Senate Republicans Block Democrats' Voting Rights Legislation
Headline Roundup June 22nd, 2021
Republican senators unanimously blocked Democrats' election legislation, known as the For the People Act, on Tuesday. The bill would loosen voter ID requirements, allow registration on election day, and expand early voting dates; it passed the House in March, but fell 10 votes short of the 60 needed to pass the Senate. On Tuesday, Senate Rules Committee Chairman Amy Klobuchar (D-Minn.) said of the bill “this is not the end of the line...this is only the beginning,” and pledged to hold more hearings to gain support for the bill across the country. Senate Minority Leader Mitch McConnell (R-Ky.) called the bill "rotten" Tuesday, saying it was an attempt to "rig" elections in favor of Democrats. The bill's supporters say it would expand voter access among marginalized communities; opponents claim it poses a threat to election security and is an attempt by the Democratic Party to gain more power.
Outlets from the left and center tended to analyze the Democratic Party's next moves regarding the bill. Some outlets on the right highlighted GOP lawmaker's comments about the bill.
Senate Republicans Tuesday blocked sweeping legislation on election and campaign finance reforms that Democrats said is crucial to ensuring voting rights and saving democracy but the GOP blasted as a partisan power grab.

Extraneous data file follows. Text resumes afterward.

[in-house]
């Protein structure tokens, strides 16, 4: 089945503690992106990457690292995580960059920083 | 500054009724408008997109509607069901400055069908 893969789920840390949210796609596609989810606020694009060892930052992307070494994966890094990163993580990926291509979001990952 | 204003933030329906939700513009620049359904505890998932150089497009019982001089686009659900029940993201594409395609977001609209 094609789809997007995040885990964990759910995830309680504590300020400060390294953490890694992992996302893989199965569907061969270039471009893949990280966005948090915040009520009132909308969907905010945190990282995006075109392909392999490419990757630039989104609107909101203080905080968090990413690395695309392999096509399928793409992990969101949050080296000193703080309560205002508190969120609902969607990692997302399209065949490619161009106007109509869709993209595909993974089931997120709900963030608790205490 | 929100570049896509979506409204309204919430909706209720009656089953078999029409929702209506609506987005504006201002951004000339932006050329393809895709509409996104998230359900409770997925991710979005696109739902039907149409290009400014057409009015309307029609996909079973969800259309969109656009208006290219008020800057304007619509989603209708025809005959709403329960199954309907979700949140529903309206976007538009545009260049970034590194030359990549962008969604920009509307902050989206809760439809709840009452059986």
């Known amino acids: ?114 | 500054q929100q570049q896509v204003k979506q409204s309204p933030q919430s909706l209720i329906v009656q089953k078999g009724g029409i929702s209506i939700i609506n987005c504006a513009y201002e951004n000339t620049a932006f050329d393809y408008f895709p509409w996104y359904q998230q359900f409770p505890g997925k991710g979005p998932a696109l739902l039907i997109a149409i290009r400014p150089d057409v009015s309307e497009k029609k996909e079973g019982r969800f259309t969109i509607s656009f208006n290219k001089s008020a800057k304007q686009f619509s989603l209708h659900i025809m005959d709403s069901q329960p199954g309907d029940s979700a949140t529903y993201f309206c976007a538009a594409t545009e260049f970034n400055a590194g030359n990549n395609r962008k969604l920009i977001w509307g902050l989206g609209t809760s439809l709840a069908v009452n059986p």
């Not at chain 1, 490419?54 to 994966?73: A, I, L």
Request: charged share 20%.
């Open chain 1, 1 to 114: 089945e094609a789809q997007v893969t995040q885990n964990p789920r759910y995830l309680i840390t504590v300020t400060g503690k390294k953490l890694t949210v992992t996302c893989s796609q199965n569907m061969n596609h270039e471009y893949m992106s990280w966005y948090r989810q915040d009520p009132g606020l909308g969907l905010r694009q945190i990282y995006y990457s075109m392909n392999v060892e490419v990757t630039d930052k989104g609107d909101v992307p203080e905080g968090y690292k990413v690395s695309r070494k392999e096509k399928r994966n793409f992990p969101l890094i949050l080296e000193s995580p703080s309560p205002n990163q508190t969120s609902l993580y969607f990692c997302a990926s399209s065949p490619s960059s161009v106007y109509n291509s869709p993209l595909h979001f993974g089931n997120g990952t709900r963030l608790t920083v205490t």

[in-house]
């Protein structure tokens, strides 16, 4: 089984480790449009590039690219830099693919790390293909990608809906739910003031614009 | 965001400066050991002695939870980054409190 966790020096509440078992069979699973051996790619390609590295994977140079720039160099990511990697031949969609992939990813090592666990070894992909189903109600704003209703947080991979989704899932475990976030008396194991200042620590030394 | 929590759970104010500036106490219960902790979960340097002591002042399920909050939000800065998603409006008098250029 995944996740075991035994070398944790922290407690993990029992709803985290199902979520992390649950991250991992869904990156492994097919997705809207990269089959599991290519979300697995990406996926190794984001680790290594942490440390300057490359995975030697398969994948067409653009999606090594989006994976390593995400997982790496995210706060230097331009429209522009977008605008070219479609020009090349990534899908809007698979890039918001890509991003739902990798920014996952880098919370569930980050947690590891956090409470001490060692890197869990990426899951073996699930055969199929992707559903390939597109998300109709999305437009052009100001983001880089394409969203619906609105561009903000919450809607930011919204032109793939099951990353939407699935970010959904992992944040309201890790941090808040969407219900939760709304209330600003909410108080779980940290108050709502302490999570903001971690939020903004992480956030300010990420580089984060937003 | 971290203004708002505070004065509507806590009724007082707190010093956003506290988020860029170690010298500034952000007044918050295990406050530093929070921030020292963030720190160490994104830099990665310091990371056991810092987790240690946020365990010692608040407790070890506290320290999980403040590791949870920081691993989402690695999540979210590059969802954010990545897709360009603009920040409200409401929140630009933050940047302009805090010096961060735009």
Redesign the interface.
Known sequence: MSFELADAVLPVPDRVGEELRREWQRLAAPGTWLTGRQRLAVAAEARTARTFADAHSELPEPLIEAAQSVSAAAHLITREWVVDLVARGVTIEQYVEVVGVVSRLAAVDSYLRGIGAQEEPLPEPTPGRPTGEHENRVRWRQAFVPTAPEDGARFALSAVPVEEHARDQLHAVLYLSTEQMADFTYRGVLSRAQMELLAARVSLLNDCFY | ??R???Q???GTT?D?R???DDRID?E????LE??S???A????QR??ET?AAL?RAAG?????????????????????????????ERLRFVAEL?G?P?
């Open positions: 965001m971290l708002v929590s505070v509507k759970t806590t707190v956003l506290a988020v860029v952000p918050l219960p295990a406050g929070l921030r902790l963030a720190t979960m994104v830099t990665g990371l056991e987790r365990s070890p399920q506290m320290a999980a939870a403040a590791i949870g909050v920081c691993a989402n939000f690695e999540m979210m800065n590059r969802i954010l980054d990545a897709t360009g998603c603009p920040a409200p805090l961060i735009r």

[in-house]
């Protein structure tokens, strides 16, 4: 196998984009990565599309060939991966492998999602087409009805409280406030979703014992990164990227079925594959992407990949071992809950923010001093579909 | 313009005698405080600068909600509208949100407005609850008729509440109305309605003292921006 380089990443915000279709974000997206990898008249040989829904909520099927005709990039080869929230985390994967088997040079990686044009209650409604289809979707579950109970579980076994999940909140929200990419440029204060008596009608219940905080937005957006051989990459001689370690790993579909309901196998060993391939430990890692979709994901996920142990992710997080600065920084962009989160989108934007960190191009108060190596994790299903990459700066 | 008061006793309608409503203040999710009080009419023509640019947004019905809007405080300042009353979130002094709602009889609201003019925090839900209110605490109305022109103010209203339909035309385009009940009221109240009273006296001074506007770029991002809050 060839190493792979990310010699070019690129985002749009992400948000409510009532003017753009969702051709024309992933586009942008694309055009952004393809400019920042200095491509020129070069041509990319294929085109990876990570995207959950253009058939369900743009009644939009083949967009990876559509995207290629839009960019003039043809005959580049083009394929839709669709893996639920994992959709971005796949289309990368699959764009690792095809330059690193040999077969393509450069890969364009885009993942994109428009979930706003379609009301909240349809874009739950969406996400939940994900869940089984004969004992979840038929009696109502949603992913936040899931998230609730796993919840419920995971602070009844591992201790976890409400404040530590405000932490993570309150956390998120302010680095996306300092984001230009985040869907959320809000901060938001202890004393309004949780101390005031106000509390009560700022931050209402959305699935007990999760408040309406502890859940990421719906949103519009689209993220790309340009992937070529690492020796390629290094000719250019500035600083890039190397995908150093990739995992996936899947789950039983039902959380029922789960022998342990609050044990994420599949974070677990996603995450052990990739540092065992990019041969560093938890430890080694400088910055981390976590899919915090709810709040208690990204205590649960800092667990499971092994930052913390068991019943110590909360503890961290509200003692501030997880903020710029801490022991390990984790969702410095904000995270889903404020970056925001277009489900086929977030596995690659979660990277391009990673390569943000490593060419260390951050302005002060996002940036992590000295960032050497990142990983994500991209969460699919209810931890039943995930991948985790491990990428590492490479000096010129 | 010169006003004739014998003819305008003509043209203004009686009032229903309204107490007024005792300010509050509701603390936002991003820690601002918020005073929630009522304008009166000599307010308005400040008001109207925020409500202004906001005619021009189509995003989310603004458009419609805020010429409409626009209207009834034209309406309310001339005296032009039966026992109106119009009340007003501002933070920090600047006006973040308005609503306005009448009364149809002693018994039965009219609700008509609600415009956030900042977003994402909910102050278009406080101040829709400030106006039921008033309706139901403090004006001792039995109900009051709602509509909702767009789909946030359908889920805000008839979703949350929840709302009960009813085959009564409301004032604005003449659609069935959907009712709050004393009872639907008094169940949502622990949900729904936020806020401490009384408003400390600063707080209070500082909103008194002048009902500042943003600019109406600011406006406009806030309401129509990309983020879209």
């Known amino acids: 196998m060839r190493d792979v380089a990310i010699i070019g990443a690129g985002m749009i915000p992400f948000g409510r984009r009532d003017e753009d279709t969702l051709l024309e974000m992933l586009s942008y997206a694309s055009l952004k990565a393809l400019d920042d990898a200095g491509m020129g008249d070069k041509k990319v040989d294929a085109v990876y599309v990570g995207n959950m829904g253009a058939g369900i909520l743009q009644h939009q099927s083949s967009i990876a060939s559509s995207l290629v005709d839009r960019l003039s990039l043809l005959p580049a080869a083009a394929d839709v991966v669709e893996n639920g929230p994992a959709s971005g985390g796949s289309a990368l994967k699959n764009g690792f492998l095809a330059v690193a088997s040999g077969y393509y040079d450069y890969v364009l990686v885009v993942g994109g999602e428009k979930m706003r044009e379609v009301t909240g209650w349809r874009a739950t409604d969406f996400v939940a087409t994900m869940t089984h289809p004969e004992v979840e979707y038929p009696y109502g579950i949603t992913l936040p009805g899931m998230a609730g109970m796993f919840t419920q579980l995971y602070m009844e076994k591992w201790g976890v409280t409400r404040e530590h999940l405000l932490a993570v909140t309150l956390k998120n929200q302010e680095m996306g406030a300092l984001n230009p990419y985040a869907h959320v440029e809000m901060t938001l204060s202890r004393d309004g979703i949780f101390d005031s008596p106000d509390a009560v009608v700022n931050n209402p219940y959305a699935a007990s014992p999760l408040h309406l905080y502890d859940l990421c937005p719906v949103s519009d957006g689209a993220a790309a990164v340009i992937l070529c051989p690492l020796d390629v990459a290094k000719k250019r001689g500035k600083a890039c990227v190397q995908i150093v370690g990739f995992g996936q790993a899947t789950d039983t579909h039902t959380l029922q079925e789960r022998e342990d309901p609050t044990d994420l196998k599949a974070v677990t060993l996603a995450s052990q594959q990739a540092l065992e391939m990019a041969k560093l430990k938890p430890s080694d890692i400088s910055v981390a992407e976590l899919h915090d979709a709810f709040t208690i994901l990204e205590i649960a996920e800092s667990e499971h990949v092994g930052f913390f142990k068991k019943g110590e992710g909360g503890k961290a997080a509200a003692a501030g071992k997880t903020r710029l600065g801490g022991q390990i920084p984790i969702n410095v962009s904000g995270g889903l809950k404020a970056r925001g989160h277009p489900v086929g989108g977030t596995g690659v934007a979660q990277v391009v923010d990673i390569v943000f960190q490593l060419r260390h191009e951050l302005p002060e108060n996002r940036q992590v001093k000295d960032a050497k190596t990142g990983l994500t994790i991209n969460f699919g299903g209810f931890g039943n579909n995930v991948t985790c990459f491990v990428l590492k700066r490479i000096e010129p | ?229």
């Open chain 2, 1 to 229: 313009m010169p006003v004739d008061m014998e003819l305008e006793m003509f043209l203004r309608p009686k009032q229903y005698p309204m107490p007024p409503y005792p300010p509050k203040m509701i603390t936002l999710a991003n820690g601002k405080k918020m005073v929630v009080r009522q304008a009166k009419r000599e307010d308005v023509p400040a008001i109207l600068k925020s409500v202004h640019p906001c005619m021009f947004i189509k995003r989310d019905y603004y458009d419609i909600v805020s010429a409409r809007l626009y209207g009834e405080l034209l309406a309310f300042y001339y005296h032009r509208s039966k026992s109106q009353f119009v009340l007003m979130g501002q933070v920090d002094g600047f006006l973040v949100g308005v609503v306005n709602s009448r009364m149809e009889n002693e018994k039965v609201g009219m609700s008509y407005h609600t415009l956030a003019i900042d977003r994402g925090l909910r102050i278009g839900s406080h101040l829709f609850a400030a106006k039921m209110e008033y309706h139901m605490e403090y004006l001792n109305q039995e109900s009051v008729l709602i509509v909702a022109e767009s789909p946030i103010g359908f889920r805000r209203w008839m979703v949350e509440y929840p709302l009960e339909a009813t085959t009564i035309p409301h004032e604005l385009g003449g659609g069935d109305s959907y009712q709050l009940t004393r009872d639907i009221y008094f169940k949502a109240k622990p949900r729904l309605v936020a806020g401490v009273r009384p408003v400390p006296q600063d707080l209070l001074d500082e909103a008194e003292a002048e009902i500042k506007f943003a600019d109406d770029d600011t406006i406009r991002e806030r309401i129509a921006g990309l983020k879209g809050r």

The "For the People Act" needed 60 votes to clear a procedural vote in the Senate Tuesday, but Republicans filibustered and killed the legislation from advancing to debate. No Republicans joined with the 50 Democrats on the motion to proceed.
Senate Minority Leader Mitch McConnell, R-Ky., said Republicans won't stand for Democrats' attempt to impose new voting standards on states that...
Senate Republicans on Tuesday blocked a sweeping bill to overhaul federal elections, ratcheting up already inflamed tensions over voting rights.
Senators voted 50-50 in the evenly divided Senate on advancing the For the People Act, splitting along party lines and failing to get the 60 votes needed to overcome a GOP filibuster.
The vote is the culmination of weeks of partisan rancor and behind-the-scenes talks over changing the nation's voting laws in the wake of the 2020 presidential election.
Senate Democrats suffered a loss on Tuesday when Republican opposition sunk their signature voting and election bill during a key test vote, underscoring the limits of the party's power with the narrowest possible Senate majority.
A procedural vote to open debate on the legislation was defeated by a tally of 50-50, falling short of the 60 votes needed to succeed. Democrats were united in favor of the vote after securing support from Sen. Joe Manchin of West Virginia, but Republicans were united against it, causing the measure to fail to...